History of Science

Category archives for History of Science

Individualists, Working Together

An article titled “Individualism: The legacy of great physicists,” by Ricardo Heras. crossed my various social media feeds a half-dozen times on Tuesday, so I finally broke down and read it, and I’m puzzled. The argument is very straightforward– single-author publications used to be common, now they’re not, this might indicate a lack of truly…

Historical Physicist Halloween Costumes

It’s that time of year again when people start thinking about Halloween costumes– SteelyKid is apparently planning to re-use her Peter Pan outfit from last year– and the conceptual costumes post from a while back has proved enduringly popular at this time of year. If you’re not into conceptual art, though, maybe some historical cosplay…

Having spent a bunch of time talking about heavy stuff in the science blogging community, let’s unwind a bit and kick the week off with a look back at an old Master’s thesis. This one is from 1932, and is almost certainly a draft copy, because it’s extremely cheaply bound in cardboard with the title…

As noted in a previous post on Monte Carlo simulation in 1960, we recently came into possession of a large box of old Master’s theses. The bulk of these are from the 50′s and 60′s, but there are some going back much farther. As I pass these every day I’m in the office, I thought…

Quantum Crosswords: My TED@NYC Talk

The following is the approximate text of the talk I gave at TED@NYC last night. Approximate, because I’m somewhat prone to ad-libbing when speaking, and may have changed a few things here and there. I don’t really know, because I’m scheduling this post on Tuesday morning, before the actual event, using the draft text I’ve…

We cleared a bunch of space in our deep storage area over the summer, and one of the things we found was a box full of old student theses from the 1950′s and 1960′s. The library already had copies of them, but I thought it was sort of cool to have a look into the…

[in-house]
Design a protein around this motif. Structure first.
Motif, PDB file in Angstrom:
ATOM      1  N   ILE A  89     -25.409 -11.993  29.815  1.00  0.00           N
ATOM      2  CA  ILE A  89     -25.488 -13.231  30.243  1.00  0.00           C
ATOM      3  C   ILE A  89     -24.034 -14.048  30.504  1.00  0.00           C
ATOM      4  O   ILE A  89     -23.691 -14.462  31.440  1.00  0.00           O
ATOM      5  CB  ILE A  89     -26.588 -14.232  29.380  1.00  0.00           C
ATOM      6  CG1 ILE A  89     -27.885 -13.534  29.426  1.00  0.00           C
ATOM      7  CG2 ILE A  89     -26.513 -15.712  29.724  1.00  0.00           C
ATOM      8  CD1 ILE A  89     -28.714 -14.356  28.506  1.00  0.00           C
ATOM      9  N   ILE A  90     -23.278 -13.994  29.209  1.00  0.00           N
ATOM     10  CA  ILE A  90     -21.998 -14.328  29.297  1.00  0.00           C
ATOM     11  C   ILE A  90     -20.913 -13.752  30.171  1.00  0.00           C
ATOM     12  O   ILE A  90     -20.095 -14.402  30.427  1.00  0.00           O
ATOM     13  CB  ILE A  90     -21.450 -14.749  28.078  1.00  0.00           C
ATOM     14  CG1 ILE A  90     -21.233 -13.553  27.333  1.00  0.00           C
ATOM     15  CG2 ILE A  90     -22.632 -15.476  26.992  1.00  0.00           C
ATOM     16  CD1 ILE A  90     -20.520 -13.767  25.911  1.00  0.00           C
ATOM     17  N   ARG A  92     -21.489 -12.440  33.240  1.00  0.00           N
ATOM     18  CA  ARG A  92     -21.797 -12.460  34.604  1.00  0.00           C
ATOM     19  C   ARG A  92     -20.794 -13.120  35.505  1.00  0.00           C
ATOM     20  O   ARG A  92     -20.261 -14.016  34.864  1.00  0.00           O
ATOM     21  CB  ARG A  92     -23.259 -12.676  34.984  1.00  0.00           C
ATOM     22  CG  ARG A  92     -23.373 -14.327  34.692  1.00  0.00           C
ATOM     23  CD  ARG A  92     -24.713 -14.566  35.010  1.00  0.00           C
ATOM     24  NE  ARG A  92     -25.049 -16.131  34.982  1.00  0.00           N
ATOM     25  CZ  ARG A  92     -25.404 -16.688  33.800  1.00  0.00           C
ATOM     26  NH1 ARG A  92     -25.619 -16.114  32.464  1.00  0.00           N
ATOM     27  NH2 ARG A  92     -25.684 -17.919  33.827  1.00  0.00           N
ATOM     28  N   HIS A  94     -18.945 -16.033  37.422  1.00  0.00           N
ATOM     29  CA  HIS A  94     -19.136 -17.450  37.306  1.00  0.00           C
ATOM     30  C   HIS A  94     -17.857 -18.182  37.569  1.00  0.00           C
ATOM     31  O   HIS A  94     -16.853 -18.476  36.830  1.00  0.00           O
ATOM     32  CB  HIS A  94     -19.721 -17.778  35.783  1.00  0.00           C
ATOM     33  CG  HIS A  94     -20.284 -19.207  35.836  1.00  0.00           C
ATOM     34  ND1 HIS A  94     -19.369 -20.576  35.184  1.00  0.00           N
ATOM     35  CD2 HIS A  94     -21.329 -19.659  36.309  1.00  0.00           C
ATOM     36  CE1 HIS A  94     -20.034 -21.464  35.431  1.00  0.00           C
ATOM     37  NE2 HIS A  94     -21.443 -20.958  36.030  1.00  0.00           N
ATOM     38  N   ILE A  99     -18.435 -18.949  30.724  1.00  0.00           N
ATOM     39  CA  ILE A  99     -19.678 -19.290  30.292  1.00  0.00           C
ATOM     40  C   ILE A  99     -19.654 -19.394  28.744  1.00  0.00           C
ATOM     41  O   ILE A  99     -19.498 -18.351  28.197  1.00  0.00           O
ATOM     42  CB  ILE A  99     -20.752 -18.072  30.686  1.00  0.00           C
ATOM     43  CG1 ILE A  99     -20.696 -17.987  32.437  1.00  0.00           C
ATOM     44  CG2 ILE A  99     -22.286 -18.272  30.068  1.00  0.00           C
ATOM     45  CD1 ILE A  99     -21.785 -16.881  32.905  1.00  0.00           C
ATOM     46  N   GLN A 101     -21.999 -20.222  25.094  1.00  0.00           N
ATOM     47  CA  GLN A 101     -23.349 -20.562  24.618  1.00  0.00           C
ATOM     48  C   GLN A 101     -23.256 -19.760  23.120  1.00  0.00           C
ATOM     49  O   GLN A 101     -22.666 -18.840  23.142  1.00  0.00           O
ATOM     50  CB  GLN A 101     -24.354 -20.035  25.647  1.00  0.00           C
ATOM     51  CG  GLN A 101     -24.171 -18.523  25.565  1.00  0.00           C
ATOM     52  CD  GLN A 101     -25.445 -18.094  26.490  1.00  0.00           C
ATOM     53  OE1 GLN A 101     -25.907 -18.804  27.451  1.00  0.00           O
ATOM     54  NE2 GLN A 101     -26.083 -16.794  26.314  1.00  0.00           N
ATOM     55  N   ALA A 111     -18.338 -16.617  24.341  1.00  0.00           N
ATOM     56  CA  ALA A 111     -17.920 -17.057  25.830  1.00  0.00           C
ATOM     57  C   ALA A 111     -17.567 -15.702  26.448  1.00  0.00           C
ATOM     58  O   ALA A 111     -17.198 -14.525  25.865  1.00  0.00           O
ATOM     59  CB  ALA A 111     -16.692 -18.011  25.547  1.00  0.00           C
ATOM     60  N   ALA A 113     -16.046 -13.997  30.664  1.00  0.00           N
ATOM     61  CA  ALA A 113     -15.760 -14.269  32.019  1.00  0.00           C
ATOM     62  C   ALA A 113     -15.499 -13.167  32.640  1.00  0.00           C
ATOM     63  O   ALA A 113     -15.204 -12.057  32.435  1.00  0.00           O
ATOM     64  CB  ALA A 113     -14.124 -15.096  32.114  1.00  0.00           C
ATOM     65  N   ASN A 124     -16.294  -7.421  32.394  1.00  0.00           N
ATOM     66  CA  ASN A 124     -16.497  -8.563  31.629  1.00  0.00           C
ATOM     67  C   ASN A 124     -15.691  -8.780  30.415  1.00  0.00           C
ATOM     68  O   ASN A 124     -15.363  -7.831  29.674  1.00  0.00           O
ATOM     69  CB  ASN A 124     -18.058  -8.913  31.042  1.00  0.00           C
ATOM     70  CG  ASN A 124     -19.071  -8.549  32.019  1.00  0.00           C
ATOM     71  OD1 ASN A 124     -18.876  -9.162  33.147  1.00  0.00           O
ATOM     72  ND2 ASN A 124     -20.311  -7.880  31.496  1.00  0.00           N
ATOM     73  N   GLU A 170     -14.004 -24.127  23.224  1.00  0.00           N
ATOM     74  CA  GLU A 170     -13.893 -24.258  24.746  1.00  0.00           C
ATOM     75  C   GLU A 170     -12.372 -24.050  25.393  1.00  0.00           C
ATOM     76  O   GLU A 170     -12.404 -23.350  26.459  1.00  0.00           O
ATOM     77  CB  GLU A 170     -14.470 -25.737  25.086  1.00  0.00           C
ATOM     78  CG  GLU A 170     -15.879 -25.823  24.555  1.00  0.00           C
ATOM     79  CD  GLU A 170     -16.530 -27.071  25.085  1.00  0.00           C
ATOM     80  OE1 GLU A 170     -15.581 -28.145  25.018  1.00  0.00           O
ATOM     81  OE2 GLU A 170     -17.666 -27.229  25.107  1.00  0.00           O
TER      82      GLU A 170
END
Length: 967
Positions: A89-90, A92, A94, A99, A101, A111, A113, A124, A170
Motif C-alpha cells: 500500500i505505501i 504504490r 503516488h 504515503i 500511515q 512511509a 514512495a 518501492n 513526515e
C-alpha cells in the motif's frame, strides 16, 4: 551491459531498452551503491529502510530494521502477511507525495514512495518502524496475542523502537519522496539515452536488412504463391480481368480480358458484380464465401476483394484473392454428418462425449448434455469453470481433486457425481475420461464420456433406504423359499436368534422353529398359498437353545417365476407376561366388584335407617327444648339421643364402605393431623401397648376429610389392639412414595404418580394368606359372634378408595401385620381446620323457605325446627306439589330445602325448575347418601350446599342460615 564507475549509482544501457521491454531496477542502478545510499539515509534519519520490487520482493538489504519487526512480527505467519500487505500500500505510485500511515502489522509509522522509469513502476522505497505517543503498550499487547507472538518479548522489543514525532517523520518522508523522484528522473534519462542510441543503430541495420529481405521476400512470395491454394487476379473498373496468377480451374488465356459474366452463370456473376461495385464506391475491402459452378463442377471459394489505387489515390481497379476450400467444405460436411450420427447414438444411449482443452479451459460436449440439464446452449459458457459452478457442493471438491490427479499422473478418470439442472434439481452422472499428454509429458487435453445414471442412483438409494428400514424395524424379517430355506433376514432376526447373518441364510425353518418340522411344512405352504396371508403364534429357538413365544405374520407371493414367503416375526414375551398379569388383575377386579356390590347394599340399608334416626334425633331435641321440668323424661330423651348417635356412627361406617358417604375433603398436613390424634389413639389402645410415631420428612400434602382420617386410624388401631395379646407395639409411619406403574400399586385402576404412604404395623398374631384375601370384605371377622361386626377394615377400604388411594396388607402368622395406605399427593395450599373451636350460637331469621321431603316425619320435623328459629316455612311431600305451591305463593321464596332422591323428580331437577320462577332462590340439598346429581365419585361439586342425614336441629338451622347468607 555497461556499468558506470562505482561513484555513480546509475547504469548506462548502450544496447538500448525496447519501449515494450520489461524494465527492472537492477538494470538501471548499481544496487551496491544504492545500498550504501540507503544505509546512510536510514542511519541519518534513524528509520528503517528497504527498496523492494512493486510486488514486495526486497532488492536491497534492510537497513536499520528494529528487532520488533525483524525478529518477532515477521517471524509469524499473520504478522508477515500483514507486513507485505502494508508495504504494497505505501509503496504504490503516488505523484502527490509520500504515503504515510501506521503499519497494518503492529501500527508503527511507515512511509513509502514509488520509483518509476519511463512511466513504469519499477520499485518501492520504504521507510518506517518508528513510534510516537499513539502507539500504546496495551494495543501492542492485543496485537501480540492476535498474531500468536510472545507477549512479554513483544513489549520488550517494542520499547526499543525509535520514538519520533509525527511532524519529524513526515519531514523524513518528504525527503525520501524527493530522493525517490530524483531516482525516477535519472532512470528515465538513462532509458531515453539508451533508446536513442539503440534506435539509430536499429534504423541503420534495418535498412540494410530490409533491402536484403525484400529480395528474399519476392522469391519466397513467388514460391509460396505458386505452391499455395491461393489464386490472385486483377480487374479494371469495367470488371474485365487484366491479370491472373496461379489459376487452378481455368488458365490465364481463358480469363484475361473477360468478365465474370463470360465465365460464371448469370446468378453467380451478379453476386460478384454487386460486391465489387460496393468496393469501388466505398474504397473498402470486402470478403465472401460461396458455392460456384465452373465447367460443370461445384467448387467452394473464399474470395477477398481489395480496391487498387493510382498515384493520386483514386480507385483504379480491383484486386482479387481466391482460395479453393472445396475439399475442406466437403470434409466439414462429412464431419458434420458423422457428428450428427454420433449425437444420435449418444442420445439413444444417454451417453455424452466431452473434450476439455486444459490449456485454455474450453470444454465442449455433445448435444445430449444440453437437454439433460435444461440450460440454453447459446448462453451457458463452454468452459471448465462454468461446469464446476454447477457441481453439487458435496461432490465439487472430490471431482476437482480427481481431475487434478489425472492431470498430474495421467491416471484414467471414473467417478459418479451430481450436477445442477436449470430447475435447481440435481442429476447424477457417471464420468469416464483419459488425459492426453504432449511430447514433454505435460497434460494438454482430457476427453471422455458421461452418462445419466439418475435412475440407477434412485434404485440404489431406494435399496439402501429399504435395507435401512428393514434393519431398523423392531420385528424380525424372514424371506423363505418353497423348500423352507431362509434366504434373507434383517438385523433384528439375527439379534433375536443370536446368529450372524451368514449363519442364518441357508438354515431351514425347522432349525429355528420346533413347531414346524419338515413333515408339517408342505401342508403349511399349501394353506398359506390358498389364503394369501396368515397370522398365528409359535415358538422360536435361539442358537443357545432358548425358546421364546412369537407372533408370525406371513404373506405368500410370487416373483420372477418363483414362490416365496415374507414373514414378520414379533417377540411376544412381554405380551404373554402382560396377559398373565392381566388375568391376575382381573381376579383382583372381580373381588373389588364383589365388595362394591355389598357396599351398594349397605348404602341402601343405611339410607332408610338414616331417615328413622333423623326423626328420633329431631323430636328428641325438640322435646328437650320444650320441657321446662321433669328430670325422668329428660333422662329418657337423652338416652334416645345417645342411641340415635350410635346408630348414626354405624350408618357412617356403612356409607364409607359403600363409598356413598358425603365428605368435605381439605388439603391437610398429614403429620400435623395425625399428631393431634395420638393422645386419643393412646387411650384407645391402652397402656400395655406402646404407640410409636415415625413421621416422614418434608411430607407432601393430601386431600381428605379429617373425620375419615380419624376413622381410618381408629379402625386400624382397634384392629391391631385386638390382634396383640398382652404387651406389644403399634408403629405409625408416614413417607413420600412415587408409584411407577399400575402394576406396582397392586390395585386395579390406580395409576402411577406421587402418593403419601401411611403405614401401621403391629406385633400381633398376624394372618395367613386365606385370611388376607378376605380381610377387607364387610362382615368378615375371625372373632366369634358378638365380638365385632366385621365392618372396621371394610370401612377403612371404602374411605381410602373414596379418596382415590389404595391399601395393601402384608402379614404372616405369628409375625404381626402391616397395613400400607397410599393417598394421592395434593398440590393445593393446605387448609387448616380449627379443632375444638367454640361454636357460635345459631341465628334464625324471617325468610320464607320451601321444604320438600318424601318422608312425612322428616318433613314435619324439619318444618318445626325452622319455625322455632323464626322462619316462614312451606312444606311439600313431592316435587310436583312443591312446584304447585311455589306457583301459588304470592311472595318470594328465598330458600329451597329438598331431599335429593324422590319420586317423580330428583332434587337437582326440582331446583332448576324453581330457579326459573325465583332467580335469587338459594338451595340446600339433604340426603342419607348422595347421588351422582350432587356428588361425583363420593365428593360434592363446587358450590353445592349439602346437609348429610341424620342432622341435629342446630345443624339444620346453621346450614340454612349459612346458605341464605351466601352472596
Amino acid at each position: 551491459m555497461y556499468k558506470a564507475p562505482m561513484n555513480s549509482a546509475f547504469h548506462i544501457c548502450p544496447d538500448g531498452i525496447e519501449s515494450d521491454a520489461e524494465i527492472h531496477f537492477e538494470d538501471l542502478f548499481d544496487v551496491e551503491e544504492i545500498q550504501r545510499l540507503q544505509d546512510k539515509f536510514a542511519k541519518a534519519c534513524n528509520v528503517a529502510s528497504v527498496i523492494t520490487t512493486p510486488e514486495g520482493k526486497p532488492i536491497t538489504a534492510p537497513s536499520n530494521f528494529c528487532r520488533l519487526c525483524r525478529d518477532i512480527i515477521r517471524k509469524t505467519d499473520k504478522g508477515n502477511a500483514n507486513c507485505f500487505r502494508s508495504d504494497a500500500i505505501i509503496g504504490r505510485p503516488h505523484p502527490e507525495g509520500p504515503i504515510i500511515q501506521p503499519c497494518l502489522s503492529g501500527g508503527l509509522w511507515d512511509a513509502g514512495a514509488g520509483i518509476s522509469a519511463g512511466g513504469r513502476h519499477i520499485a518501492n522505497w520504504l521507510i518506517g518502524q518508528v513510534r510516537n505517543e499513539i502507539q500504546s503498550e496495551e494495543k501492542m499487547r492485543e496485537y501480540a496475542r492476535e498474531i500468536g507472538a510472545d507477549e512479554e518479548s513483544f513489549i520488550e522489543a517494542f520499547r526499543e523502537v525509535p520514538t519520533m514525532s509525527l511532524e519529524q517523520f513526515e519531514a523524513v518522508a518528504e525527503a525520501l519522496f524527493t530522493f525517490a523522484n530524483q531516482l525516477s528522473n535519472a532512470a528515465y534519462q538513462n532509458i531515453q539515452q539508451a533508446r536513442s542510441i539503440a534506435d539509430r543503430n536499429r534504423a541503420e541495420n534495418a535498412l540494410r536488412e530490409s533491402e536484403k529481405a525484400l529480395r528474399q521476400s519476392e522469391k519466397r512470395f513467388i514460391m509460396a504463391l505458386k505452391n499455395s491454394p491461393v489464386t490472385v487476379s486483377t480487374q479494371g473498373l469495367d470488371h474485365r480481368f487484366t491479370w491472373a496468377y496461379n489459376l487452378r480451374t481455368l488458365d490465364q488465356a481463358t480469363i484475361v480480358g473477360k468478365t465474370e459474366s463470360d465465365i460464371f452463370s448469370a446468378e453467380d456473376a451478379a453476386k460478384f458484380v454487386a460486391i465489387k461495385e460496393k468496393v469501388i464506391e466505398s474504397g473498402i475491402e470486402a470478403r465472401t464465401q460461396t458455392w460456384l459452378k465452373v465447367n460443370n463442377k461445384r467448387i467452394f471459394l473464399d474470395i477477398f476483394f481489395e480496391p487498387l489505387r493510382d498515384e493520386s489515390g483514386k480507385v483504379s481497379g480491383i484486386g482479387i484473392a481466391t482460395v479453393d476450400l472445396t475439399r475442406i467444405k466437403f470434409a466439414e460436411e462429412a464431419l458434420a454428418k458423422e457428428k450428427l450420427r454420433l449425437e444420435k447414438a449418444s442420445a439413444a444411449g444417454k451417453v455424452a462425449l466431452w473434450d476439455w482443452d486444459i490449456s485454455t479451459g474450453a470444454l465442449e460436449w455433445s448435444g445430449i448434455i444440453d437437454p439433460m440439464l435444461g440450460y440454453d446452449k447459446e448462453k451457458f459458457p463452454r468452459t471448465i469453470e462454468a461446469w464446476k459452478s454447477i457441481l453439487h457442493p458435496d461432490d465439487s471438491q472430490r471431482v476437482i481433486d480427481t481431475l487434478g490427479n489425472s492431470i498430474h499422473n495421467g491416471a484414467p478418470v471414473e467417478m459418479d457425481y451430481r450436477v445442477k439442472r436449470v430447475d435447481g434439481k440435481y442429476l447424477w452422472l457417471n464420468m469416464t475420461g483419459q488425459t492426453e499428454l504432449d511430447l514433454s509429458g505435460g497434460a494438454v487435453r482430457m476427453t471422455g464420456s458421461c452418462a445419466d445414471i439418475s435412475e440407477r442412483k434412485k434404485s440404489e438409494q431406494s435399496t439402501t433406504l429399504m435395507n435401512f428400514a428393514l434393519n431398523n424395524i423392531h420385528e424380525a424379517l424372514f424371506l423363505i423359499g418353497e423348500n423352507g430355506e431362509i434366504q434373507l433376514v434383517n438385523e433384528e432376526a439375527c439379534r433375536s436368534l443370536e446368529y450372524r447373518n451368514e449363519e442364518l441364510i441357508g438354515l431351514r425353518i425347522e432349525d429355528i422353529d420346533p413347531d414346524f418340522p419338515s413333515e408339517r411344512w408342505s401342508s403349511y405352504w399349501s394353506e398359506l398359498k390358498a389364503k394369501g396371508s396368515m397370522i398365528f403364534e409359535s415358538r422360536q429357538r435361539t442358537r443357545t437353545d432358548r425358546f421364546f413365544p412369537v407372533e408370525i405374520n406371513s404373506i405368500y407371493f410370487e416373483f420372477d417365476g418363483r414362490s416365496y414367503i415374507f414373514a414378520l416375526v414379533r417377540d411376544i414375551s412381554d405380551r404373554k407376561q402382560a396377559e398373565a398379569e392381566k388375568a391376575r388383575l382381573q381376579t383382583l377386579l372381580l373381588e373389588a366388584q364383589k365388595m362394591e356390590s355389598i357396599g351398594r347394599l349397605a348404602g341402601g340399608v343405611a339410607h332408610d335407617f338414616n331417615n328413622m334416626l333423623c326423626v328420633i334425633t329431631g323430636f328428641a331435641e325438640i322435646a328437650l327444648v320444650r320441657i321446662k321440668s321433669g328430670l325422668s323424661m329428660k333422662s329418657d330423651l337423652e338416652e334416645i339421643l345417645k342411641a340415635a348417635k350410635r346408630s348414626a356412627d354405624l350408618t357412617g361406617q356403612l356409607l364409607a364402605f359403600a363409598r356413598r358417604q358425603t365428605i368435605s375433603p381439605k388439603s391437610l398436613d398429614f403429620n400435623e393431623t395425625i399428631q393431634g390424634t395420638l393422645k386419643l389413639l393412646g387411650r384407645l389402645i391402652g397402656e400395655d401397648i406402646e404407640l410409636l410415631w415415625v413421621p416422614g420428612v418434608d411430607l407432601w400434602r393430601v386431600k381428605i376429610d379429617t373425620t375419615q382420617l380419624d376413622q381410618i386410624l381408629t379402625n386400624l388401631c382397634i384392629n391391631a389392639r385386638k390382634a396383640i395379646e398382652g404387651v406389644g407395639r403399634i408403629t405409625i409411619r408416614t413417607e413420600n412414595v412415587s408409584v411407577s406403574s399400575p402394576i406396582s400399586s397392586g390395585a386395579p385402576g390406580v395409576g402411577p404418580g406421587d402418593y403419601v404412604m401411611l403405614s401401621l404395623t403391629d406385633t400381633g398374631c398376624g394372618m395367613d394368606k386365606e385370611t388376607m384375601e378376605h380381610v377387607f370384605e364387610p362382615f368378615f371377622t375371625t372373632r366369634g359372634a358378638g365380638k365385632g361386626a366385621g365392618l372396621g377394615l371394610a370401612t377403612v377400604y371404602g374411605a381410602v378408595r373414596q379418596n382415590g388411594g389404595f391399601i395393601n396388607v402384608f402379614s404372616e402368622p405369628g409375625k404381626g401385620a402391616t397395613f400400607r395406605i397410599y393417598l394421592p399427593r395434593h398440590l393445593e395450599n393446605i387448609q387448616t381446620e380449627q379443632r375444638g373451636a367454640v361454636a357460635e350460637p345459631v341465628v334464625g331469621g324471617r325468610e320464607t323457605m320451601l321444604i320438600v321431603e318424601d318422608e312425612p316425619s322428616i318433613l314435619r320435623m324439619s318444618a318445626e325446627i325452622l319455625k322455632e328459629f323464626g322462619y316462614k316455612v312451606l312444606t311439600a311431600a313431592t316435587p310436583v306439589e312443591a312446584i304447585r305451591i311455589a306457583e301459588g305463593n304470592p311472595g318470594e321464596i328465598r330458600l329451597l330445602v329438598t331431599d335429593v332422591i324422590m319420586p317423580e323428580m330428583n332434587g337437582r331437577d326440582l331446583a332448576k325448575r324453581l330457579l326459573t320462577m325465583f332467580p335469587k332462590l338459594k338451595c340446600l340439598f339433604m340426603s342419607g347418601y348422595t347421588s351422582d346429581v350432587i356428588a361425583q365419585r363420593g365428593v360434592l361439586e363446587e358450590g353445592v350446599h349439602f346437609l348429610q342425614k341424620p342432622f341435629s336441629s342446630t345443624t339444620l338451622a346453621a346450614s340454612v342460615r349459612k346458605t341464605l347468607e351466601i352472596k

After a nice, relaxing weekend in Ithaca without the kids, I’ve returned to a crazy hectic Monday, with no free time to blog, despite a couple of things that I vaguely need to post. Lacking time, though, I’ll just give you this image of Condescending Louis de Broglie, an idea that sprang to mind when…

The stupid Steven Pinker business from a few weeks ago turned out to do one good thing after all. It led to this post at Making Science Public, which quoted some books by Jacob Bronowski that sounded relevant to my interests. And, indeed, on checking The Common Sense of Science out of the college library,…

Fun With Simulated Scattering

Two chapters of the book-in-progress will be devoted to the development of the modern understanding of the atom. One of these is about the Bohr model, which turned 100 this year, but Bohr’s model would not have been possible without an earlier experiment. The actual experiment was done by Ernest Marsden and Hans Geiger, but…

Wanted: The Hoosiers of Science

I’ve been revising a chapter on collaboration in science for the book-in-progress, making an analogy to team sports. And it occurred to me as I was trying to find a way to procrastinate, that while science is a highly collaborative endeavor, most of the popular stories that get told about science are not. There’s no…